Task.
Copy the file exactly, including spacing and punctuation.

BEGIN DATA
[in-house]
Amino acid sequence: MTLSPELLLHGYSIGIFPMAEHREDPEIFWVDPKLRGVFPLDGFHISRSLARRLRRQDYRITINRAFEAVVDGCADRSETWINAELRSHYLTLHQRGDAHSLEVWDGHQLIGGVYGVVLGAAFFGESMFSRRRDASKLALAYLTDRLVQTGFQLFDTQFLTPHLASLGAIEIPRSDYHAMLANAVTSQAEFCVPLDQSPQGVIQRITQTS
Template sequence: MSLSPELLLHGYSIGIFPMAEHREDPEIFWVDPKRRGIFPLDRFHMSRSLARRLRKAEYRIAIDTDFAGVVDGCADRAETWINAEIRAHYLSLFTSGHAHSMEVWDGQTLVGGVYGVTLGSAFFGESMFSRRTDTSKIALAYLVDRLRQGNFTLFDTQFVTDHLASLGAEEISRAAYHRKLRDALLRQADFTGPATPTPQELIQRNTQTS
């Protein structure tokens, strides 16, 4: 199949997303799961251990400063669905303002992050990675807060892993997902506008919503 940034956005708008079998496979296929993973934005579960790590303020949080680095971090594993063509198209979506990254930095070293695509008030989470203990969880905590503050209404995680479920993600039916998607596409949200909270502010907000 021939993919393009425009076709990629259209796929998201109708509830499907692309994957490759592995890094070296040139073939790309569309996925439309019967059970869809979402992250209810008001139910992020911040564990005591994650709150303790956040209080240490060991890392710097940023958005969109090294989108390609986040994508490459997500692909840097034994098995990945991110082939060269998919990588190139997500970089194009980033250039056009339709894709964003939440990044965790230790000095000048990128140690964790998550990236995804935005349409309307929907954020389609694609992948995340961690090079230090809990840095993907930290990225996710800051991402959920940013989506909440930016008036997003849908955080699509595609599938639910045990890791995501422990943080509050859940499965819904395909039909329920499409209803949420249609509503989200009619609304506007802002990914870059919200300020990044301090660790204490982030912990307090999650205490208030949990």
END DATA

[in-house]
Amino acid sequence: MTLSPELLLHGYSIGIFPMAEHREDPEIFWVDPKLRGVFPLDGFHISRSLARRLRRQDYRITINRAFEAVVDGCADRSETWINAELRSHYLTLHQRGDAHSLEVWDGHQLIGGVYGVVLGAAFFGESMFSRRRDASKLALAYLTDRLVQTGFQLFDTQFLTPHLASLGAIEIPRSDYHAMLANAVTSQAEFCVPLDQSPQGVIQRITQTS
Template sequence: MSLSPELLLHGYSIGIFPMAEHREDPEIFWVDPKRRGIFPLDRFHMSRSLARRLRKAEYRIAIDTDFAGVVDGCADRAETWINAEIRAHYLSLFTSGHAHSMEVWDGQTLVGGVYGVTLGSAFFGESMFSRRTDTSKIALAYLVDRLRQGNFTLFDTQFVTDHLASLGAEEISRAAYHRKLRDALLRQADFTGPATPTPQELIQRNTQTS
């Protein structure tokens, strides 16, 4: 199949997303799961251990400063669905303002992050990675807060892993997902506008919503 940034956005708008079998496979296929993973934005579960790590303020949080680095971090594993063509198209979506990254930095070293695509008030989470203990969880905590503050209404995680479920993600039916998607596409949200909270502010907000 021939993919393009425009076709990629259209796929998201109708509830499907692309994957490759592995890094070296040139073939790309569309996925439309019967059970869809979402992250209810008001139910992020911040564990005591994650709150303790956040209080240490060991890392710097940023958005969109090294989108390609986040994508490459997500692909840097034994098995990945991110082939060269998919990588190139997500970089194009980033250039056009339709894709964003939440990044965790230790000095000048990128140690964790998550990236995804935005349409309307929907954020389609694609992948995340961690090079230090809990840095993907930290990225996710800051991402959920940013989506909440930016008036997003849908955080699509595609599938639910045990890791995501422990943080509050859940499965819904395909039909329920499409209803949420249609509503989200009619609304506007802002990914870059919200300020990044301090660790204490982030912990307090999650205490208030949990």